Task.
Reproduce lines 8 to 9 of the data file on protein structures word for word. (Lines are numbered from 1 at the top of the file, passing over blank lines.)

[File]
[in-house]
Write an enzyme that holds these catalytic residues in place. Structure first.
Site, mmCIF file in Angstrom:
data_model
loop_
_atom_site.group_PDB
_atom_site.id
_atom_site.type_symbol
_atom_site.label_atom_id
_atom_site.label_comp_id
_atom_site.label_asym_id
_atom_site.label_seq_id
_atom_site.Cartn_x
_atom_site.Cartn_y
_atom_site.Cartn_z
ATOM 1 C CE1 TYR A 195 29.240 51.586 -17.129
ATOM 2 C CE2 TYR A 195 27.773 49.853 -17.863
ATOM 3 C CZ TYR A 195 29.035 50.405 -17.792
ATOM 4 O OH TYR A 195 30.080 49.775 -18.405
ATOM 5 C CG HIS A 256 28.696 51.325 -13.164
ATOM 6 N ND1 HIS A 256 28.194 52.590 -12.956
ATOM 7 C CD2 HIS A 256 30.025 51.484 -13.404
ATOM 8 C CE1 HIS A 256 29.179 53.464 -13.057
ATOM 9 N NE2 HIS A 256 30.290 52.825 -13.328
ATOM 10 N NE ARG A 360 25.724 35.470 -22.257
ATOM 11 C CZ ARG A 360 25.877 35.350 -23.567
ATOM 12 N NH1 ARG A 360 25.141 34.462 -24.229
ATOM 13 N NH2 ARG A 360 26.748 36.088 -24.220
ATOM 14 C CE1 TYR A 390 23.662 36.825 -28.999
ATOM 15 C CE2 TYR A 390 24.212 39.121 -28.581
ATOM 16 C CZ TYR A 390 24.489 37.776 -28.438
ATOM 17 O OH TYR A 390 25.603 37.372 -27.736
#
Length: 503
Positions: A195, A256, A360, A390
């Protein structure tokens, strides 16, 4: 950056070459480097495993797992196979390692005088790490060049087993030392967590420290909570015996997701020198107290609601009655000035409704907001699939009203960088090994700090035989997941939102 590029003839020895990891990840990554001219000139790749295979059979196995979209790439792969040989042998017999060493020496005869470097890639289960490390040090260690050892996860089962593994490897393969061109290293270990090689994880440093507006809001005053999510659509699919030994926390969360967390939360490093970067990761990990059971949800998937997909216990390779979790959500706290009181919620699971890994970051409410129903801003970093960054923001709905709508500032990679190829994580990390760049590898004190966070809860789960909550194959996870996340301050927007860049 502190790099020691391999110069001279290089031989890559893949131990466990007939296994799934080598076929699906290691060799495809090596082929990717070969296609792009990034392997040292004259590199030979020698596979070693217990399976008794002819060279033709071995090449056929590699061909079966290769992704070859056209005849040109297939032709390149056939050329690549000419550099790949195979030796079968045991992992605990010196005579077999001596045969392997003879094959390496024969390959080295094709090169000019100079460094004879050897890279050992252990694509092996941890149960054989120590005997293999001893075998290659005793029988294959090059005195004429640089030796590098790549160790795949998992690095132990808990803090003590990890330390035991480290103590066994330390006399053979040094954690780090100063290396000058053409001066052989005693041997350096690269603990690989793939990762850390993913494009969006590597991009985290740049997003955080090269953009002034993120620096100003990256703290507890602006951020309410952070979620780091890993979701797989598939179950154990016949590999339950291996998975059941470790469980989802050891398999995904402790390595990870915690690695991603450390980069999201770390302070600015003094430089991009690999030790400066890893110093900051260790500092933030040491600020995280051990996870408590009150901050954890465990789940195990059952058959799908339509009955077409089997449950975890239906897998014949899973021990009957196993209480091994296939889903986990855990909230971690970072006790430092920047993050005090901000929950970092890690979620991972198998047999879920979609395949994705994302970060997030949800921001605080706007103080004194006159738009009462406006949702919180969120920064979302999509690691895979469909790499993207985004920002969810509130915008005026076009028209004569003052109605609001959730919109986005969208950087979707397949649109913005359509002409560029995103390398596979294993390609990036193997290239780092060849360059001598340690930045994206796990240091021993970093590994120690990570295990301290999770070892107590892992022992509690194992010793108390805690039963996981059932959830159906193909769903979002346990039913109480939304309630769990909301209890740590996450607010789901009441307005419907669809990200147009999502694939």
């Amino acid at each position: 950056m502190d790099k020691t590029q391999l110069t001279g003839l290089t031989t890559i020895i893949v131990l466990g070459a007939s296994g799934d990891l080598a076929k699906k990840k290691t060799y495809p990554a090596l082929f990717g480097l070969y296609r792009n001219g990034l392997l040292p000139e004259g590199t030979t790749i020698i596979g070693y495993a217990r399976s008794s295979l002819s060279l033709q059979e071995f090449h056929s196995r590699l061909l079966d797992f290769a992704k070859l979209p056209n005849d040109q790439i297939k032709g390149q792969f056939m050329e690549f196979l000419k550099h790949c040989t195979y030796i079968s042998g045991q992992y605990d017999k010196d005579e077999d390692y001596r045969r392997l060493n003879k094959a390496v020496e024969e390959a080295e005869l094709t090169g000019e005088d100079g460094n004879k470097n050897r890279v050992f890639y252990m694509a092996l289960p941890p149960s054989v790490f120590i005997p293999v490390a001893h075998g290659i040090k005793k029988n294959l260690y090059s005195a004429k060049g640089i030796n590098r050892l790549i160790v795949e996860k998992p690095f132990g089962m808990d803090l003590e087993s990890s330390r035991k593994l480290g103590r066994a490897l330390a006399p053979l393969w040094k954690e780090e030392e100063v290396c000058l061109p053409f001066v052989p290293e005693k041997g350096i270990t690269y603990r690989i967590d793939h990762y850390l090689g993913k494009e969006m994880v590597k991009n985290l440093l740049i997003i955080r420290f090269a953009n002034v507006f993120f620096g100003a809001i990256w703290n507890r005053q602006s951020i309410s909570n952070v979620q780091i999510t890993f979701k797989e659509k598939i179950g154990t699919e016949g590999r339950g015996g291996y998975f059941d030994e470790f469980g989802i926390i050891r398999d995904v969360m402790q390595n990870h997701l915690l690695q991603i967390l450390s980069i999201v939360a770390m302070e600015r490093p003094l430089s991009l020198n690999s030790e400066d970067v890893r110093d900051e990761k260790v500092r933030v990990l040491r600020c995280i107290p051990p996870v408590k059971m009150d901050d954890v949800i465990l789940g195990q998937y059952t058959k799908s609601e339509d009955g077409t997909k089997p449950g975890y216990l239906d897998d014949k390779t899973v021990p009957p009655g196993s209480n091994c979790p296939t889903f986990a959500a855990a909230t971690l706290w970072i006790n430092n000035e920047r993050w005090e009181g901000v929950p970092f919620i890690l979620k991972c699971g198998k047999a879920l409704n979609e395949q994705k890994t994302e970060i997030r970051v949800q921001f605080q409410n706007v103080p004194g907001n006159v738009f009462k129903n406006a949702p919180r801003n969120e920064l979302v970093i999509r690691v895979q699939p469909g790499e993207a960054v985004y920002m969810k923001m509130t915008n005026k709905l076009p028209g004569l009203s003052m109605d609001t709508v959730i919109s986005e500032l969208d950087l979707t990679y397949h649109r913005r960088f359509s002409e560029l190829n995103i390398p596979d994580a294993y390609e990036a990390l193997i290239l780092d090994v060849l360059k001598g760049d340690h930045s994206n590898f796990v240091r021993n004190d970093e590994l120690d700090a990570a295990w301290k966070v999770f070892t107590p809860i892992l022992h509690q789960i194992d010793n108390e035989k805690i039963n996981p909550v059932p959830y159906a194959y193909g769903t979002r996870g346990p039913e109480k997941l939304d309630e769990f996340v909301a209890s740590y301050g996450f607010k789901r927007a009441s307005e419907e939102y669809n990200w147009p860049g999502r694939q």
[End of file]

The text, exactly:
_atom_site.type_symbol
_atom_site.label_atom_id